# stability analysis help algebra and inequality

Can someone please explain the last three inequality expression to me, as I do not understand how these are obtained, in particular, why is the square root term not included in the inequality for $\xi_+ > -1$? I dont understand the part when they do the analysis for $\xi_{+} \geq - 1$

why is the square root not included in this inequality ?

$$2r\cos \omega \le 2r$$ if $\delta \ge 0$, then $$2r\cos \omega - \delta \le 2r\cos \omega \le 2r$$

In your case, $\delta = \sqrt{1 - 4r^{2}\sin^{2} \omega - 4r \lambda \Delta t-\lambda^{2} \Delta t^{2}}$

(I am assuming, that just like the missing close bracket, the difference in the two denominators is a typo.)

Edit

$$2r\cos \omega \ge -2r$$ if $\delta \ge 0$, then $$2r\cos \omega + \delta \ge 2r\cos \omega \ge -2r$$
In your case, $\delta = \sqrt{1 - 4r^{2}\sin^{2} \omega}$.
• Hi , I edited the question, and put the solution for a similar problem, I dont understand why the square root term is exluded for xi > -1 $\frac{1}{1+2r}[ 2r cos \omega + \sqrt{1-4r^{2} sin^{2} \omega} ] \geq \frac{-2r}{ 1+2r} \geq -1$ can you explain this part? Thankyou – italy May 21 '18 at 20:25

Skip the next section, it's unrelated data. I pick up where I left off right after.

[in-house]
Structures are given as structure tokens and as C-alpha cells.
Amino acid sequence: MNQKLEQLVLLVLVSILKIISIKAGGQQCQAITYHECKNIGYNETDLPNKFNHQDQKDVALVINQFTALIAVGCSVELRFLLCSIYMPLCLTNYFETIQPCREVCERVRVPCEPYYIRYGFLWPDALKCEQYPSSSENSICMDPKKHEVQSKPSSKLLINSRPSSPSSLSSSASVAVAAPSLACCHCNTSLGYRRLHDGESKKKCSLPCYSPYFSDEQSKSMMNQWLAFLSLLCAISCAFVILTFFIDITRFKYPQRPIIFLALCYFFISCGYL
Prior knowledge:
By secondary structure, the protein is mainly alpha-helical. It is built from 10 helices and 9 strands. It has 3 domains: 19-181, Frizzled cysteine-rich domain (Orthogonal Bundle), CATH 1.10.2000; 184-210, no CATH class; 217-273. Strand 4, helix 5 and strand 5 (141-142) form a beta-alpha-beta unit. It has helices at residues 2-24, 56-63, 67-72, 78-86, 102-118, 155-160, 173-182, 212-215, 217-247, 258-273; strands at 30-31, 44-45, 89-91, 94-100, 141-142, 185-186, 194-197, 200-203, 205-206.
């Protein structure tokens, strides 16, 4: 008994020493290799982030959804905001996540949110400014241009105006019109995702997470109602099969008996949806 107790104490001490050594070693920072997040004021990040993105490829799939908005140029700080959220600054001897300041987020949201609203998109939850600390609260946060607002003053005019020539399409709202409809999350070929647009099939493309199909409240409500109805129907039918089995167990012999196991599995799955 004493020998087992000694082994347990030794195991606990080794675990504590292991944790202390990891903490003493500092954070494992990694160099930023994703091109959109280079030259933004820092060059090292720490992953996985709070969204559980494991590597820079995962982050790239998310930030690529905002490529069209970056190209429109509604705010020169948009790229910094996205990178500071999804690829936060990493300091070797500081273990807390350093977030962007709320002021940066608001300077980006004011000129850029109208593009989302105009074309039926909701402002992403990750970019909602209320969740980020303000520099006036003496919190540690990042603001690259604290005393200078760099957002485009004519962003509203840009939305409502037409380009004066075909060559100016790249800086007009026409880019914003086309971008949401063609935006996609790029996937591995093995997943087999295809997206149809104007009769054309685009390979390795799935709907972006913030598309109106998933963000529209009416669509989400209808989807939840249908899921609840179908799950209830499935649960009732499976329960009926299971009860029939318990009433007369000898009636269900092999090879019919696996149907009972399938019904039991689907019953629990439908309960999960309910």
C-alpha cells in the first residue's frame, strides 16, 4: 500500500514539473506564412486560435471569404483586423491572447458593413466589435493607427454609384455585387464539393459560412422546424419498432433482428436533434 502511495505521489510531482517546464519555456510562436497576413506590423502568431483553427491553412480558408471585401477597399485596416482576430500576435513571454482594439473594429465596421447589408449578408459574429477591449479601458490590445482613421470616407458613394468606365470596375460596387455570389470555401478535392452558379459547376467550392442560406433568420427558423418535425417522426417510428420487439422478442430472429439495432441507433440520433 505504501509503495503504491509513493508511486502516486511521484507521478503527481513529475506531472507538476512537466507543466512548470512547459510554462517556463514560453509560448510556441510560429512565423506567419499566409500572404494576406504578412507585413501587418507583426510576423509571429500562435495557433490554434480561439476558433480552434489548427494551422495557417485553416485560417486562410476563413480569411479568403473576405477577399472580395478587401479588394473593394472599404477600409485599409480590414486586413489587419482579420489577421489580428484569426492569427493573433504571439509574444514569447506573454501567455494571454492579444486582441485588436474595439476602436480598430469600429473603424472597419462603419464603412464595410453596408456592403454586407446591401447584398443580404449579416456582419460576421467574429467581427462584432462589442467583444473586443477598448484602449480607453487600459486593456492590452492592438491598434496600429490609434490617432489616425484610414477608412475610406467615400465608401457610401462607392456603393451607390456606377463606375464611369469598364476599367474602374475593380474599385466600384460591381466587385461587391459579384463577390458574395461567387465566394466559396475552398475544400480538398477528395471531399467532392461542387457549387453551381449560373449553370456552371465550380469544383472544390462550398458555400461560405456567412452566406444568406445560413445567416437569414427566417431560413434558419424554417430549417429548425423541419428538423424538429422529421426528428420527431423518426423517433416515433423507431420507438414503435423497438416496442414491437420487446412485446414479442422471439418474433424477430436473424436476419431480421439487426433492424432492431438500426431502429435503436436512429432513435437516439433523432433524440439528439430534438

• Thank you, but I still find this hard to understand from here , in your explanation you are starting with $2rcosw \geq -2r$ but this is the last part of the inequality you dont assume this as first, cause how would you know? – italy May 21 '18 at 22:56
• So we start off like this $\frac{1}{1+2r} [ -2r + \delta] \geq -1$ from here the delta ie the square root is excluded and I don’t see why, cosw > -1 , so that term can be replaced what about the square root? What is this equivalent to ? – italy May 21 '18 at 23:00
• $-1 \le \cos \omega \le 1$, regardless of the (real) value of $\omega$. This is a basic fact about cosine that I assumed you were familiar with, Given $r > 0$ (which is not stated in the snippet you've given, but is evident from how it is used), multiplying by $2r$ does not change this inequality: $$-2r \le 2r\cos\omega$$ Adding $\sqrt{1 - 4r^2\sin^2 \omega}$ to $2r\cos\omega$ only increases the value, so it will remain larger than $-2r$. Then dividing both sides by $1+2r$ gives exactly the inequality you are after. – Paul Sinclair May 22 '18 at 3:54